• aggregation;
  • rhGCSF;
  • benzyl alcohol;
  • pH;
  • temperature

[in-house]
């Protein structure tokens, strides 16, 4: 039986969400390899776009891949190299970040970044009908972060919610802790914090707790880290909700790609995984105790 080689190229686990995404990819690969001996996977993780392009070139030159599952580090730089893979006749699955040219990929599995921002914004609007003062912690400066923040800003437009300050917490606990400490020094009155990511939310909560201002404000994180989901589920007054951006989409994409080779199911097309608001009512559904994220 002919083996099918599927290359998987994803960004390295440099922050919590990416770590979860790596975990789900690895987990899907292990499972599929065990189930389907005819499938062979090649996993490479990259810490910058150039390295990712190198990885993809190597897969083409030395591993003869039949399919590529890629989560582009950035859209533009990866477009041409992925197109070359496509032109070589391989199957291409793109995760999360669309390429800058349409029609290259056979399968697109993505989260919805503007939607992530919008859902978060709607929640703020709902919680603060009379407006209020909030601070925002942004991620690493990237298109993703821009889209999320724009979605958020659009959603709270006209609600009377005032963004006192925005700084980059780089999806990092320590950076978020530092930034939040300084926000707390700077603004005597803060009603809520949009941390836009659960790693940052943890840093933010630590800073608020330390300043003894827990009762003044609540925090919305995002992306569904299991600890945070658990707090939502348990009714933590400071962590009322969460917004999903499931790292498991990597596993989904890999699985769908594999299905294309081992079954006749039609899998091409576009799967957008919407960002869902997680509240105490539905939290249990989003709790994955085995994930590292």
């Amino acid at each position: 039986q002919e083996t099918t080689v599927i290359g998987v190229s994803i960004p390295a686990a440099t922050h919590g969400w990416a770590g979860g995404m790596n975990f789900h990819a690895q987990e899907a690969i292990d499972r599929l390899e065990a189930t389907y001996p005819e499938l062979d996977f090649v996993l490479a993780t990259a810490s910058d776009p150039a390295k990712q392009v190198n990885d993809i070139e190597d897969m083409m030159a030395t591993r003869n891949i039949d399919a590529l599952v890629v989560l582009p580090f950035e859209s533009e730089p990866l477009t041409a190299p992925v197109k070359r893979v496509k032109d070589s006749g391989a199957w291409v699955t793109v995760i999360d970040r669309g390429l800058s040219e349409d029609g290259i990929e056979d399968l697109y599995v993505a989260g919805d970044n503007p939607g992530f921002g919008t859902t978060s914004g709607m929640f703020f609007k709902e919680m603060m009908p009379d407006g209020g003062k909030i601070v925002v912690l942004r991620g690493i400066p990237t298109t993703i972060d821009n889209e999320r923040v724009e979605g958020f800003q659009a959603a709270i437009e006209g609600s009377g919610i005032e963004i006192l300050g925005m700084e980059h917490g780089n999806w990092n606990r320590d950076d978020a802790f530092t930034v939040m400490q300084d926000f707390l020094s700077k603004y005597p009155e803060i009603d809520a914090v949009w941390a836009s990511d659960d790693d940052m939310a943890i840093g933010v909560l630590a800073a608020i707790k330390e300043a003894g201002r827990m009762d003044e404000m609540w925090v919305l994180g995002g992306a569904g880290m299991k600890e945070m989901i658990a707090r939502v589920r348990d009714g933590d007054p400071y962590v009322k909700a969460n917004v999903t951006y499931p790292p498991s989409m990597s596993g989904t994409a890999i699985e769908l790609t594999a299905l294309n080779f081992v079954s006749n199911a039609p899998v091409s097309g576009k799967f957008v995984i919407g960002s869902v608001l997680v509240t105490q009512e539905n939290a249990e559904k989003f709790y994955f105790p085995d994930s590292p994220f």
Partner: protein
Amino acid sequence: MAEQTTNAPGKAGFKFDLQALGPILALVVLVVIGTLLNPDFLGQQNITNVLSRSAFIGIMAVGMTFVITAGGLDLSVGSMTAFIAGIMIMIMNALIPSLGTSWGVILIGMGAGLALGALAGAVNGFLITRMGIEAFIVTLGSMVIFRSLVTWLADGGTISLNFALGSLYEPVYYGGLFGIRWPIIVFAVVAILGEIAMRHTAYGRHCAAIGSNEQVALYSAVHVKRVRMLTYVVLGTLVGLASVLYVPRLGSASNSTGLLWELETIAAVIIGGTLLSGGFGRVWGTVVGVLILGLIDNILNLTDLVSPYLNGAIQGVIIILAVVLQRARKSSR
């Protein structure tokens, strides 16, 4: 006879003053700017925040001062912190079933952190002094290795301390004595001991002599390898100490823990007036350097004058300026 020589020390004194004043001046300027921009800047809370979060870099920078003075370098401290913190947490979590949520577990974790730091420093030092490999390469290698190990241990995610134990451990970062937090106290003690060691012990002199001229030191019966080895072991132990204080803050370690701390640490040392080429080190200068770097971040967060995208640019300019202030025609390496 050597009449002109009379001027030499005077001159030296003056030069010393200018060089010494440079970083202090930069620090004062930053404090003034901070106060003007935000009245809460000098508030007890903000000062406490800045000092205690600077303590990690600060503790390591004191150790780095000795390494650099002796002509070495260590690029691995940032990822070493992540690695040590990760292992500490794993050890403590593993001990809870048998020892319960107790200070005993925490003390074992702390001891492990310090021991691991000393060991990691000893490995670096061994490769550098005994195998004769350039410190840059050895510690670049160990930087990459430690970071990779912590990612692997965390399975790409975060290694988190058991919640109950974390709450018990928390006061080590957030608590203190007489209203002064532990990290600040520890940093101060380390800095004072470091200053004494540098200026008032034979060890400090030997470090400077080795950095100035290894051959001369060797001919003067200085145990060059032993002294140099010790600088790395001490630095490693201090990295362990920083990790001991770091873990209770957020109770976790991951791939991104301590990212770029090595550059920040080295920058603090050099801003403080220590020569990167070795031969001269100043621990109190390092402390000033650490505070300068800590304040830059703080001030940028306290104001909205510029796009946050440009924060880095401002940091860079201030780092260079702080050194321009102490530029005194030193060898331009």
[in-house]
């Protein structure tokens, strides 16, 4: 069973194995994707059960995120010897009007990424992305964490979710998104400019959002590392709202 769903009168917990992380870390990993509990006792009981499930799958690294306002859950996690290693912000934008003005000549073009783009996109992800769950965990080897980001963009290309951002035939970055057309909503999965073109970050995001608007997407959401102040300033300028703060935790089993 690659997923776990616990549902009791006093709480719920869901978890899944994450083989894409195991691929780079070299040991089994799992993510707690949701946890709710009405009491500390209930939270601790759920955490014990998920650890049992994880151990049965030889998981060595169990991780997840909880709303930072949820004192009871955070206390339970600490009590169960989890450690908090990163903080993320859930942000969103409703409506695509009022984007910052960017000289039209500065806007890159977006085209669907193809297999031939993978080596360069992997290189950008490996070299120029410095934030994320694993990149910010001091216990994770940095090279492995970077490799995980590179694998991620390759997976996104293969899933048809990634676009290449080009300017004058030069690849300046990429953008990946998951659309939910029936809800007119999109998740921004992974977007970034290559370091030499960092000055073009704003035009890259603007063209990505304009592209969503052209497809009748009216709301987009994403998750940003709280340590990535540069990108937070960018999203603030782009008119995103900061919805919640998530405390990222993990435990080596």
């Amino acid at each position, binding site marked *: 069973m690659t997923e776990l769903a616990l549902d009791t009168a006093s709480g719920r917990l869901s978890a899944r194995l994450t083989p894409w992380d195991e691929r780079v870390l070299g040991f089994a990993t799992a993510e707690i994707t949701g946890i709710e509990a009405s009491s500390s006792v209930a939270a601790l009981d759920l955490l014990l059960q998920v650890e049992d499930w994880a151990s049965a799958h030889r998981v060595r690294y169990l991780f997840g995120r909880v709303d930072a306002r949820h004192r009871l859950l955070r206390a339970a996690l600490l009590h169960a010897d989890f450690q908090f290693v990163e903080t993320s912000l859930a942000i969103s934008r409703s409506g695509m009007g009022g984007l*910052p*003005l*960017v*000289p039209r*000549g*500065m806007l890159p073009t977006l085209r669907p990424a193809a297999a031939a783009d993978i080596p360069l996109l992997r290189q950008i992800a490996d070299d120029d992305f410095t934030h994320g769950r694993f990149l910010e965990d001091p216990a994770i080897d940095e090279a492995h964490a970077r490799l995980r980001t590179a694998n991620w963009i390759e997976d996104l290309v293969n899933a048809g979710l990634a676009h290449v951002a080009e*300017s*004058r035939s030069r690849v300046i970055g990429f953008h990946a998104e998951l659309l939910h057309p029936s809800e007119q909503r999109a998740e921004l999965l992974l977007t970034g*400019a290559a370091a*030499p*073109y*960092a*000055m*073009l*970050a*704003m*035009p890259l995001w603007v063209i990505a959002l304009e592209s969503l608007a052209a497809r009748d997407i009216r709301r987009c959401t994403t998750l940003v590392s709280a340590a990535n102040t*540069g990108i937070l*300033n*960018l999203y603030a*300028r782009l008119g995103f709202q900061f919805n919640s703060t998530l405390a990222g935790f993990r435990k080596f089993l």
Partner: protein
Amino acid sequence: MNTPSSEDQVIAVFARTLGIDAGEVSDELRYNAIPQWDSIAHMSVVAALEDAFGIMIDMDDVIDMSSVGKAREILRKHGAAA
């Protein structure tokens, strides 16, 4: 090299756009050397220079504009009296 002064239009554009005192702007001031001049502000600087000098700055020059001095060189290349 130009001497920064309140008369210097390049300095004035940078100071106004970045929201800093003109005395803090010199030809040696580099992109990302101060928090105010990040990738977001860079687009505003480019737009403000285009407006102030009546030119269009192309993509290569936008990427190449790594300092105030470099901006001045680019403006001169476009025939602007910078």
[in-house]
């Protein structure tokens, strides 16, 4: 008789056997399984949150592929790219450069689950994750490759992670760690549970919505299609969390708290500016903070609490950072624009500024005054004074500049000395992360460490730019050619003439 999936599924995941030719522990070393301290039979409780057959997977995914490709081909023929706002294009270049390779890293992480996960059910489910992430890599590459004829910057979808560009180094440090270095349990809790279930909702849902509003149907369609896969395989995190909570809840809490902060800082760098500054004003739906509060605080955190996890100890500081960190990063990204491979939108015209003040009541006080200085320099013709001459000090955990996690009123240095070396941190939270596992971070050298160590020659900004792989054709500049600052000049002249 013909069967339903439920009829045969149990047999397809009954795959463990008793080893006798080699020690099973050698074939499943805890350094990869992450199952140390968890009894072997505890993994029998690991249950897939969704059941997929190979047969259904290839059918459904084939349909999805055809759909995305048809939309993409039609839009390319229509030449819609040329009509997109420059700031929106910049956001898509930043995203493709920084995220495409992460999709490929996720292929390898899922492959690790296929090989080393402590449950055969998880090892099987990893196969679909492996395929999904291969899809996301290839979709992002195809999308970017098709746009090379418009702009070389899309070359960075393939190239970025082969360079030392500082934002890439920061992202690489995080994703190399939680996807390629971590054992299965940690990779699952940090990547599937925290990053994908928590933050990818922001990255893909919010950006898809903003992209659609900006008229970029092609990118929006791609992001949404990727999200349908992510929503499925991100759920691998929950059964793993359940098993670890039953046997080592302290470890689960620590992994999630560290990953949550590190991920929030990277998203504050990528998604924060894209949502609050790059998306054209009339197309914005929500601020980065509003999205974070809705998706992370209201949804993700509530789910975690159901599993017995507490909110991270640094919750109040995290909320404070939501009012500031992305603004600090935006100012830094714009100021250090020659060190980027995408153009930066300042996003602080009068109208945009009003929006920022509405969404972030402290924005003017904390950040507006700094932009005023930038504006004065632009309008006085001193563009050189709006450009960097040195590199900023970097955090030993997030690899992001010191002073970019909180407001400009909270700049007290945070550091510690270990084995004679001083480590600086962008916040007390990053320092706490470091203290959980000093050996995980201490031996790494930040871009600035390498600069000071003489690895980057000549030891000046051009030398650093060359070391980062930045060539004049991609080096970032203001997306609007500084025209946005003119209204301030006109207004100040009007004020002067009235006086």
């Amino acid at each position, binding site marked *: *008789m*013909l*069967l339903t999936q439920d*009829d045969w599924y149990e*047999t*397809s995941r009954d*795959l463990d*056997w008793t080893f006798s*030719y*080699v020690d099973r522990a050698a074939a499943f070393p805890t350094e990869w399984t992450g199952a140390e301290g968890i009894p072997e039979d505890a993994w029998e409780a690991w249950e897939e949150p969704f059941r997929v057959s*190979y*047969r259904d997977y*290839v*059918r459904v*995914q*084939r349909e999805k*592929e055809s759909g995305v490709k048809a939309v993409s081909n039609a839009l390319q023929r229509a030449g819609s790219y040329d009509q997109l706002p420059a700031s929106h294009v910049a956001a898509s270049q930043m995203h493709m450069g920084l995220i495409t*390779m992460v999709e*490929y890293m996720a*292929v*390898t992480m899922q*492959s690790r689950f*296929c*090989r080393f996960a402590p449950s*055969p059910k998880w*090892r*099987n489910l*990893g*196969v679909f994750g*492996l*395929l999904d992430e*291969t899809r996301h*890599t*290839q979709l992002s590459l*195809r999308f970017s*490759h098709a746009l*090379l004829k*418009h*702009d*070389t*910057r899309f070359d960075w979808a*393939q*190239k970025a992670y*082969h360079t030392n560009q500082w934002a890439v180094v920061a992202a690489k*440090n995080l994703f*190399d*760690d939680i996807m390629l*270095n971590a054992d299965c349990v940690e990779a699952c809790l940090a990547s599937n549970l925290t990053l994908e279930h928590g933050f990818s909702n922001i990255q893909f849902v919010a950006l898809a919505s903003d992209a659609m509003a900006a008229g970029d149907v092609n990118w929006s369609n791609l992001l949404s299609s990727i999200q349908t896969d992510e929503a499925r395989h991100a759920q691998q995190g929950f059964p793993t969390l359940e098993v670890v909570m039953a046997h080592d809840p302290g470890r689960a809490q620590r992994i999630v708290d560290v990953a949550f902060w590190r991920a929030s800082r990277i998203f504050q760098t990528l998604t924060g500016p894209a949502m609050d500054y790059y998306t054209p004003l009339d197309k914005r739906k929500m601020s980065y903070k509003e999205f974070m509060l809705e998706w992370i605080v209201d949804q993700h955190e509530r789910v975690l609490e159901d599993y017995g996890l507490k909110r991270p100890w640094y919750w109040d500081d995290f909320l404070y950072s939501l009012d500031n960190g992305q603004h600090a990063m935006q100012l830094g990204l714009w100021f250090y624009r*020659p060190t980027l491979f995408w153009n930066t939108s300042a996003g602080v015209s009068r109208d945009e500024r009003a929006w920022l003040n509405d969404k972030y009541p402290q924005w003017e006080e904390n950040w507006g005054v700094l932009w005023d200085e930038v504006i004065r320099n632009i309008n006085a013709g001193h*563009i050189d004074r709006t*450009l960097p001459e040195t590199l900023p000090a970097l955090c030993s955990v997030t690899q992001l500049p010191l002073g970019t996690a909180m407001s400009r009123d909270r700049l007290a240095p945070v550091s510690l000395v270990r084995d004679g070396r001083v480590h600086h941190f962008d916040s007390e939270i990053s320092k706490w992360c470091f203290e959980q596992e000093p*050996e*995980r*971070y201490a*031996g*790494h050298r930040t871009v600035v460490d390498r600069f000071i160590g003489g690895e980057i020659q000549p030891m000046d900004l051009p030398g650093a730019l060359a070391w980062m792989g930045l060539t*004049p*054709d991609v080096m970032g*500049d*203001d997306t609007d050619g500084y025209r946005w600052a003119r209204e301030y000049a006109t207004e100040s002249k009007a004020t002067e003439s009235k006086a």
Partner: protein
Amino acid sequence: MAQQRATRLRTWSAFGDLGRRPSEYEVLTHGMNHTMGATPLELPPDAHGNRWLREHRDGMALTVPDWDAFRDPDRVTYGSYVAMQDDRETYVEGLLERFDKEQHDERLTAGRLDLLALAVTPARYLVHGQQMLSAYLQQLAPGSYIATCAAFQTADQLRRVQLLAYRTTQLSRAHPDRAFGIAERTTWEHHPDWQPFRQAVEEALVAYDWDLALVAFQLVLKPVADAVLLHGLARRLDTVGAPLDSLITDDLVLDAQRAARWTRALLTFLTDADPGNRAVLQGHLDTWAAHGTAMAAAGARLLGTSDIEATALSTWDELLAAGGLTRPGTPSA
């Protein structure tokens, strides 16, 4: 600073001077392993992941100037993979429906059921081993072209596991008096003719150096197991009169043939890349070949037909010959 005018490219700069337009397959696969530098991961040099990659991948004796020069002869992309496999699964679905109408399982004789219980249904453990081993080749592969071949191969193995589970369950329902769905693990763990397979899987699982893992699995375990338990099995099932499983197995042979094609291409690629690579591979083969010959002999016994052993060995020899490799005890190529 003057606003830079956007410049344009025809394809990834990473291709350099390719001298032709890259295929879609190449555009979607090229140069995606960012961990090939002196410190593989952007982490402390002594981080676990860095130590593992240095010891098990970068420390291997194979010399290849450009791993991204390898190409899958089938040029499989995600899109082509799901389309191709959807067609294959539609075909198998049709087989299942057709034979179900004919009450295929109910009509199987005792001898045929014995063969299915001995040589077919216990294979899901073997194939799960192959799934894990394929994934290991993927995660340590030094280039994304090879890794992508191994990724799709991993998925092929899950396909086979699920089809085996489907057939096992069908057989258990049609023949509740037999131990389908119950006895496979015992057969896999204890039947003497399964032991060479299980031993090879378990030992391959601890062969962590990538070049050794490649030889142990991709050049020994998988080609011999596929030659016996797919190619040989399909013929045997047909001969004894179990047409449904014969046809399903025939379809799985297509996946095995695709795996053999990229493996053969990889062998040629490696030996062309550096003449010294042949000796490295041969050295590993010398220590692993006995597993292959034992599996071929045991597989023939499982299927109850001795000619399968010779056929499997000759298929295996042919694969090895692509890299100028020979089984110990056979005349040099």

Antimicrobial preservatives (e.g., benzyl alcohol), which are required in multidose formulations, can induce protein aggregation. In this study, the mechanism of benzyl alcohol-induced aggregation of recombinant human granulocyte colony-stimulating factor (rhGCSF) was investigated by determining the effects of temperature, pH, and sucrose on this process. rhGCSF was incubated at 25 and 37°C and at pH 7.0 (phosphate-buffered saline, PBS) and pH 3.5 (HCl). Benzyl alcohol (0.9% w/v) accelerated aggregation of rhGCSF at pH 7.0, an effect that was much greater at 37°C than at 25°C and partially counteracted by 1.0 M sucrose. At pH 3.5, benzyl alcohol did not induce aggregation of rhGCSF. Spectroscopic studies showed that 0.9% benzyl alcohol altered the tertiary structure of rhGCSF at both pH, without detectably altering secondary structure. Structural perturbation was greater at 37°C than at 25°C. At both pH 7.0 and 3.5, the hydrogen-deuterium (H–D) exchange rate for rhGCSF was increased by 0.9% benzyl alcohol. Sucrose (1.0 M) partially counteracted the benzyl alcohol-induced perturbation of tertiary structure and the increase in H–D exchange rate. Thus, benzyl alcohol accelerates aggregation of rhGCSF at pH 7.0, because it favors partially unfolded aggregation-prone conformations of the protein. Sucrose partially counteracts benzyl alcohol-induced rhGCSF aggregation by shifting the molecular population away from these species and towards more compact conformations. We postulate that the absence of aggregation at pH 3.5, even with benzyl alcohol-induced structural perturbation, is due to the unfavorable energetics of intermolecular interactions (i.e., colloidal stability) between rhGCSF molecules at this pH. © 2006 Wiley-Liss, Inc. and the American Pharmacists Association J Pharm Sci 95: 1480–1497, 2006